Roget's 21st Century Thesaurus, Third Edition Copyright © 2013 by the Philip Lief Group.

EXAMPLES FROM THE WEB FOR BRING

He never could find out what was "going on" to bring so many folks into town.

Very well; bring me what you have at that hour, and we'll strike a trade.

He should bring an almanac with him to know when the days go by.

He wished to bring his whole heart back to her—or at least wished that he wished it.

In all these ways, I will bring the values of our history to the care of our times.

Did you bring your work, girls, or is it to be a case of idle hands?

Williams, Gunby, and Howard, all strove in vain to bring it to order.

All persons who will not join you you will take prisoners and bring to me.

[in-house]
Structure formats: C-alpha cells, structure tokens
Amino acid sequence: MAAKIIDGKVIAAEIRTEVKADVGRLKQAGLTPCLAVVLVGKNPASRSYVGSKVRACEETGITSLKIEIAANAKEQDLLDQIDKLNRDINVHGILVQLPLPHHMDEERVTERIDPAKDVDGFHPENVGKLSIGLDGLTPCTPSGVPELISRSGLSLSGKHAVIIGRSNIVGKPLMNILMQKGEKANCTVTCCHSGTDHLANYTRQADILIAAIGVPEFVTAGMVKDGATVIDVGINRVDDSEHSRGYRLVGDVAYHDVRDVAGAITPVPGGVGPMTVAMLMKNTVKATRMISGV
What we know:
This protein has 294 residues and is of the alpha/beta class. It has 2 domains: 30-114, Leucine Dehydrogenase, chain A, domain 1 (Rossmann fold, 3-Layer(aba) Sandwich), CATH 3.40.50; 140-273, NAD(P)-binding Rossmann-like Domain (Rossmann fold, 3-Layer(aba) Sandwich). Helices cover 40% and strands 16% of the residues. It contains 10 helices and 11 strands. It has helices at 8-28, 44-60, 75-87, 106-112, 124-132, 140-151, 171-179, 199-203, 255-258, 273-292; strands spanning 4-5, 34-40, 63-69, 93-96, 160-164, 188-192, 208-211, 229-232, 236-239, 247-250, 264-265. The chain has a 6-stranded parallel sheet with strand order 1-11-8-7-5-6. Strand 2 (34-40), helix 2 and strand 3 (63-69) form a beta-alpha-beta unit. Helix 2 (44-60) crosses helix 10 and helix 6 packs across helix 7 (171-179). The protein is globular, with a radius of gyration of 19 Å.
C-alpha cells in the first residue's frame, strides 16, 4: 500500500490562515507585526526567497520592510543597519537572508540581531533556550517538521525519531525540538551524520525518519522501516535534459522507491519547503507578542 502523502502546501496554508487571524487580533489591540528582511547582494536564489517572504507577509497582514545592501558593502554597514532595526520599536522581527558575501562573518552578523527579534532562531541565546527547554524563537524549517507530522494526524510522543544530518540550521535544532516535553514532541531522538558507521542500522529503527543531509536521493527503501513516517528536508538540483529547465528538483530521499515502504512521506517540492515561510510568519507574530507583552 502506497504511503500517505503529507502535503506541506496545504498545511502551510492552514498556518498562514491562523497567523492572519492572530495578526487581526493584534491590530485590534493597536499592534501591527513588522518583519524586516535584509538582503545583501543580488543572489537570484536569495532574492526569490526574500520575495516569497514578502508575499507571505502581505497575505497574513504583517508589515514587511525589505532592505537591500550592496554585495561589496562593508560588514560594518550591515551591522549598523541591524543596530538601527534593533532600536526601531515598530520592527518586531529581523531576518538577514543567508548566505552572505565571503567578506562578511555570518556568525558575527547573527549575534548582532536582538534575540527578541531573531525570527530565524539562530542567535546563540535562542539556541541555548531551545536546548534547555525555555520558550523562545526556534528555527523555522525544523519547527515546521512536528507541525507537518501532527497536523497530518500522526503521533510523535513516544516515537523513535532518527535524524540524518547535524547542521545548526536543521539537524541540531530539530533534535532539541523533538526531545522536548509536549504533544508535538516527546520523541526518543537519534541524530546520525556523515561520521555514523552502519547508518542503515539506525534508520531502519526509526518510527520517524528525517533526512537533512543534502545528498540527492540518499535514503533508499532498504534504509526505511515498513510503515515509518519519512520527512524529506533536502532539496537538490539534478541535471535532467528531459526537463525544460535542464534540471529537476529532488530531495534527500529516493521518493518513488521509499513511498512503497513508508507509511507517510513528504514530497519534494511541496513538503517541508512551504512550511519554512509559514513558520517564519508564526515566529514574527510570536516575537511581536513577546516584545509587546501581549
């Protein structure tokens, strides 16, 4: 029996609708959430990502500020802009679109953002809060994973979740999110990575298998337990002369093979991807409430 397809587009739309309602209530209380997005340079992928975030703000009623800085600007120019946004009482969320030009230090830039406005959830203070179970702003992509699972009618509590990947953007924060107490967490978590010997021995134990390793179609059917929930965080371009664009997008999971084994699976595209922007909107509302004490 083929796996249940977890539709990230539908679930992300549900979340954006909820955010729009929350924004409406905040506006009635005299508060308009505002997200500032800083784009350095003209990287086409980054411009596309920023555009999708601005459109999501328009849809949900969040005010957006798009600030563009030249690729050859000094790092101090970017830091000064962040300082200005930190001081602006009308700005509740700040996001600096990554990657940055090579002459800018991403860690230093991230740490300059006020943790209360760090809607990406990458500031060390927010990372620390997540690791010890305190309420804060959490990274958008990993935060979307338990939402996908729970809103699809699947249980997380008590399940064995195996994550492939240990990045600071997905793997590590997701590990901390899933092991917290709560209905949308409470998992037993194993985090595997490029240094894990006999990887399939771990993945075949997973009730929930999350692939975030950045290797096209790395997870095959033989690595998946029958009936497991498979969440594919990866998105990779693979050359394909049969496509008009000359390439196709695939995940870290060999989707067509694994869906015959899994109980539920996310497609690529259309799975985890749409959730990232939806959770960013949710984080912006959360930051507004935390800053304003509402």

If peril could bring about unity God could bring it about even more effectively.

Those who bring them on us seem captious, thoughtless, cruel.

WORD ORIGIN

Old English bringan "to bring, bring forth, produce, present, offer" (past tense brohte, past participle broht), from Proto-Germanic *brenganan (cf. Old Frisian brenga, Middle Dutch brenghen, Old High German bringan, Gothic briggan); no exact cognates outside Germanic, but it appears to be from PIE root *bhrengk-, compound based on root *bher- (1) "to carry" (cf. Latin ferre; see infer).

The tendency to conjugate this as a strong verb on the model of sing, drink, etc., is ancient: Old English also had a rare strong past participle form, brungen, corresponding to modern colloquial brung. To bring down the house figuratively (1754) is to elicit applause so thunderous it collapses the roof.

MORE RELATED WORDS FOR BRING

Roget's 21st Century Thesaurus, Third Edition Copyright © 2013 by the Philip Lief Group.